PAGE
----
Sunday, 6 November 2016

Conservation Update

Prehistoric pursuit: 'Tagging' and Tracking Seychelles' Elusive Giant Bronze Gecko


All reptiles have a somewhat prehistoric air about them, but this elusive creature looks like something right out of the age of dinosaurs. The Seychelles News Agency recently published an article regarding an academic study of Seychelles' giant bronze gecko, which has afforded conservationists a greater understanding of this species with leathery, wrinkly skin. 


Endemic to the Seychelles' island of Praslin’s endangered coco-de-mer palm forests, the vulnerable giant bronze gecko seems more like a close relative of the Komodo dragon from the Galapagos Islands than a gecko.

The aptly-named Chris Tagg -- a British student from the University of Bournemouth -- has completed his MSc dissertation on the giant bronze gecko (Ailuronyx trachygaster) in the UNESCO World Heritage Site of the Vallée de Mai, on the Seychelles’ archipelago’s second-largest island of Praslin.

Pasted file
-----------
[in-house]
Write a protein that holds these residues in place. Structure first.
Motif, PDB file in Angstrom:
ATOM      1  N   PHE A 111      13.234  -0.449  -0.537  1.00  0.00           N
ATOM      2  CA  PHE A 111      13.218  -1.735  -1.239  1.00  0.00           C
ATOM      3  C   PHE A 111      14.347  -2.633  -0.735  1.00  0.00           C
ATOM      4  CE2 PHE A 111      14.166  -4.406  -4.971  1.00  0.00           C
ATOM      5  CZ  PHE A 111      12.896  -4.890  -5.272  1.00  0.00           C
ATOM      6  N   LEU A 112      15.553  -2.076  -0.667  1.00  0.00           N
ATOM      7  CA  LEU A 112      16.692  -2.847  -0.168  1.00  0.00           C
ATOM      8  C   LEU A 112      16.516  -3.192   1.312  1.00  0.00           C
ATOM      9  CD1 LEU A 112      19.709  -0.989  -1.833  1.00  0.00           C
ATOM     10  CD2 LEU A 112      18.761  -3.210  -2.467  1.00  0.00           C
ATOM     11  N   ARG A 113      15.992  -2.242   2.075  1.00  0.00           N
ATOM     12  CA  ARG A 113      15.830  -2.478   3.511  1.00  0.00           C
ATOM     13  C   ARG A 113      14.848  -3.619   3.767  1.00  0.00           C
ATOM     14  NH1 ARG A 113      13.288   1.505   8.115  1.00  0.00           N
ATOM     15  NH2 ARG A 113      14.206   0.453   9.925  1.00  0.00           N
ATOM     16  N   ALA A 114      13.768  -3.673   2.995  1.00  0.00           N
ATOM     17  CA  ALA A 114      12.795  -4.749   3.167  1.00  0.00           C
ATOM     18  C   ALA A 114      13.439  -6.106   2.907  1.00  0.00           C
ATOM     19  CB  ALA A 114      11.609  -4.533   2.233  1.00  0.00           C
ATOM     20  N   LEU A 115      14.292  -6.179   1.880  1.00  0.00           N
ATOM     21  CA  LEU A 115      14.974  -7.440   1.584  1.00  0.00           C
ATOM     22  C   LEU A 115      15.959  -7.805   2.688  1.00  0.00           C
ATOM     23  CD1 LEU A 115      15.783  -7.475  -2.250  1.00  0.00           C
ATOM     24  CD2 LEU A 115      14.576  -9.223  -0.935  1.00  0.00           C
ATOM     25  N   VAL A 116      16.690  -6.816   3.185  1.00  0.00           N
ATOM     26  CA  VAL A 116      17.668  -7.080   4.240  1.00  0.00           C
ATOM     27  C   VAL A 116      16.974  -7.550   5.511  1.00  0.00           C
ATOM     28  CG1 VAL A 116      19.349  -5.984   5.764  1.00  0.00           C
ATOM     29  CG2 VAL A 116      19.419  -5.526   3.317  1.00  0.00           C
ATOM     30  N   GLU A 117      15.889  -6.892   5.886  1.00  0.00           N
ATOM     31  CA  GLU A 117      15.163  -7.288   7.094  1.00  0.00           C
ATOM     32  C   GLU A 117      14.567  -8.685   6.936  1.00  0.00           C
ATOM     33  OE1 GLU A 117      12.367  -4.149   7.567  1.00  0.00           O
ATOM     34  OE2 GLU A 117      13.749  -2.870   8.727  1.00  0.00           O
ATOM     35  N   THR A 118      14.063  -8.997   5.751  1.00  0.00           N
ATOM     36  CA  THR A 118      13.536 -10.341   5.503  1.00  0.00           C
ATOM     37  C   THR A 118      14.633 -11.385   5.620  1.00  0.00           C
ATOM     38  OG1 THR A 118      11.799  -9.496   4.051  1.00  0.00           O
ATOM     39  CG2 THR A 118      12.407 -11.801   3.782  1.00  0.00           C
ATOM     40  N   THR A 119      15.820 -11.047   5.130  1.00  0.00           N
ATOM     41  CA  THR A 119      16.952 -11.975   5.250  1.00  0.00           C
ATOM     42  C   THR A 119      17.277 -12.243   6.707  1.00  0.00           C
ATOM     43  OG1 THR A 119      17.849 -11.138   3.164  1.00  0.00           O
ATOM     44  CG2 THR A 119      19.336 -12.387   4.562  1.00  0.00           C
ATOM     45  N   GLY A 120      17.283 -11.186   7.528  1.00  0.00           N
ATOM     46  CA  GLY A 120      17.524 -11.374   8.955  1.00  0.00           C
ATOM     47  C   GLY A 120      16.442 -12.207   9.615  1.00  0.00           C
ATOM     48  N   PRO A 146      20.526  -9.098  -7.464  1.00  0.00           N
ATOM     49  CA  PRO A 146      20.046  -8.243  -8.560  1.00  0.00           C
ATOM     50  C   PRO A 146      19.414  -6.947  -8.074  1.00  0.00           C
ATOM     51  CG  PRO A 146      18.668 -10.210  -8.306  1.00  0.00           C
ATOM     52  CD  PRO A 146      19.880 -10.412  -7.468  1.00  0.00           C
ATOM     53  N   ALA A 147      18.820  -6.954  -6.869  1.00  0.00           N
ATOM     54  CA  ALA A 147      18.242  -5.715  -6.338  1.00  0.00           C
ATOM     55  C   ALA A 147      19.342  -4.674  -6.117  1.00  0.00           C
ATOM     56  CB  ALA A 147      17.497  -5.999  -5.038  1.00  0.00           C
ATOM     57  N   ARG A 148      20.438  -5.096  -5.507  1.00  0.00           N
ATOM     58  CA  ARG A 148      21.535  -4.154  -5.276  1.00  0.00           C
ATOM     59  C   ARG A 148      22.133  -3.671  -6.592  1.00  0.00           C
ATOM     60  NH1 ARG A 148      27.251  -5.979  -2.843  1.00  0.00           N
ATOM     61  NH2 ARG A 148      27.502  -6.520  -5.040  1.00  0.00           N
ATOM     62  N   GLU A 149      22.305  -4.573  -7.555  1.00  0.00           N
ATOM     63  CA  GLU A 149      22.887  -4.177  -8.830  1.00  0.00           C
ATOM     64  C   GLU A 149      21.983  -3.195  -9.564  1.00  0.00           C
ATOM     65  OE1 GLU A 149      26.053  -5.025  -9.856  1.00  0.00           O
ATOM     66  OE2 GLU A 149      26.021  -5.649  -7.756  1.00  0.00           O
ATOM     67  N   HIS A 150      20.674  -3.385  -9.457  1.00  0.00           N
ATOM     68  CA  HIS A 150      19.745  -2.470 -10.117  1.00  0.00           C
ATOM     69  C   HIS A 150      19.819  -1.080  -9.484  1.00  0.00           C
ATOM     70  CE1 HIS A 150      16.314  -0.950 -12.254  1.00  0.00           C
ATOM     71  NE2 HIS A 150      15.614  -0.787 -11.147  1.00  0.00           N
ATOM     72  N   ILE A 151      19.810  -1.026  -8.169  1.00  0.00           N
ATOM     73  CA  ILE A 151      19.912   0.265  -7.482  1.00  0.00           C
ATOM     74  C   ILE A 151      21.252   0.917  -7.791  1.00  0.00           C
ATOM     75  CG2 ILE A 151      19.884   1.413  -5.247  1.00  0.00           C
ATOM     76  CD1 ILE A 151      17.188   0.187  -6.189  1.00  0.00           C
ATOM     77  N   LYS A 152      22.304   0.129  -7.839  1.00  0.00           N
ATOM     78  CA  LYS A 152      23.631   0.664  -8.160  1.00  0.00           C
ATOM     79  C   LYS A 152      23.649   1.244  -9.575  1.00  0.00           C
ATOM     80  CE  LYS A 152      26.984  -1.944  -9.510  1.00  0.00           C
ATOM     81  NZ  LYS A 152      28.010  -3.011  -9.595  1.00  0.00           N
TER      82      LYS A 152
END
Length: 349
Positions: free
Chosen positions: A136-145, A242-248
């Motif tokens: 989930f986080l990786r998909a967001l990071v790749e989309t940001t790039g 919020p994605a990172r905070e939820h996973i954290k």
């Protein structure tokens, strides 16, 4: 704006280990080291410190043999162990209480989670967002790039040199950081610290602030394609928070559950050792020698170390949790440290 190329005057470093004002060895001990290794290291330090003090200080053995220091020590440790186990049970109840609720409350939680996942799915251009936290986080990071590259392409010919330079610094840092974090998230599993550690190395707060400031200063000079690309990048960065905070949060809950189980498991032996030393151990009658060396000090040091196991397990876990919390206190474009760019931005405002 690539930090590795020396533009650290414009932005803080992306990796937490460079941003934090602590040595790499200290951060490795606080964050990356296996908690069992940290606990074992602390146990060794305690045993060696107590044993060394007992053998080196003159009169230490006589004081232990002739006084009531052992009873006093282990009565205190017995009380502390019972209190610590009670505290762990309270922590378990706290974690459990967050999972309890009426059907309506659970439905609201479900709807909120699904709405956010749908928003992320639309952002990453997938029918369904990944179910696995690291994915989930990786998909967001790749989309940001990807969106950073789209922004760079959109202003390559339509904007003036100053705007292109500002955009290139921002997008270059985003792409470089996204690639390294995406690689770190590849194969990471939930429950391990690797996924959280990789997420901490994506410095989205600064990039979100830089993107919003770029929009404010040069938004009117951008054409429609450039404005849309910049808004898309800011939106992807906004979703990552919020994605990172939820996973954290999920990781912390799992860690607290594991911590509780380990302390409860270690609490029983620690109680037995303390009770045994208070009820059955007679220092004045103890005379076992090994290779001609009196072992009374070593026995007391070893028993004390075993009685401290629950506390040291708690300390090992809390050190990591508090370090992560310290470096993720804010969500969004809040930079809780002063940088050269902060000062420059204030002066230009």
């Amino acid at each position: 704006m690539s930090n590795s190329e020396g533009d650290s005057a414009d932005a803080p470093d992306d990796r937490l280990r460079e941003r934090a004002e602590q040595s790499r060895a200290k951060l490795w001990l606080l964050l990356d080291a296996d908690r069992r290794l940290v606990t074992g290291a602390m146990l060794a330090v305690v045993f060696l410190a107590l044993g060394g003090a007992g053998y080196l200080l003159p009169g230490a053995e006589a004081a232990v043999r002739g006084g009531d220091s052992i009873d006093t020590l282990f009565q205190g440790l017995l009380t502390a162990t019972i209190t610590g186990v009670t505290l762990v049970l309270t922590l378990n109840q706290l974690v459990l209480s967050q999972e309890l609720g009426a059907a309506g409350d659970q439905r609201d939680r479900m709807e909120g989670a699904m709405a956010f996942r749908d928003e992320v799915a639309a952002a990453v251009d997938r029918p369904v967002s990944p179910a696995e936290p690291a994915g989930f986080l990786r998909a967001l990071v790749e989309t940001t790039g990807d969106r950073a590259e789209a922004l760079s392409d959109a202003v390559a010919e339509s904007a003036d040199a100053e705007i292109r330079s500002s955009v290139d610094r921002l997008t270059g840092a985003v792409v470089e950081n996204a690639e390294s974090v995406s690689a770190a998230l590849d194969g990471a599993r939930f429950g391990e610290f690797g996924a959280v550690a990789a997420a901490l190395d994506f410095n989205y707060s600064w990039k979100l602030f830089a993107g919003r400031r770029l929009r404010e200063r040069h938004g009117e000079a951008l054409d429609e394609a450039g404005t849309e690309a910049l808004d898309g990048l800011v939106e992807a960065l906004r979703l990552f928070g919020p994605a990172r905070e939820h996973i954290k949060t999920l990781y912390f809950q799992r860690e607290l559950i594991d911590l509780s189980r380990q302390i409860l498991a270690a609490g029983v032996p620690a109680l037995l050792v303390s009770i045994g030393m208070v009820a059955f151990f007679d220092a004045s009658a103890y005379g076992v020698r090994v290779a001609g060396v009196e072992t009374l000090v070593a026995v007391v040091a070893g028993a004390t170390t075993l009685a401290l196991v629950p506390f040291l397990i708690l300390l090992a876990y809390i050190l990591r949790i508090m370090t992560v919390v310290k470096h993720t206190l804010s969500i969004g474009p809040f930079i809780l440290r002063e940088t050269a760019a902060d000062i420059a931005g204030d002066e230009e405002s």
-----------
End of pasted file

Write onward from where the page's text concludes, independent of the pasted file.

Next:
In just a few months of fieldwork this year, Tagg tracked, caught and -- yes -- tagged a total of 666 geckos in the Vallée de Mai.

Tagg previously completed a BSc in ecology and wildlife conservation, but speaking to SNA in an email interview said his main interest was in studying herpetological (reptiles and amphibians) species and birds.

“The giant bronze gecko is a highly interesting species to study and I was very fortunate to be offered an opportunity to do so,” he told SNA.


To continue reading this article, visit the Seychelles News Agency post, CLICK HERE.



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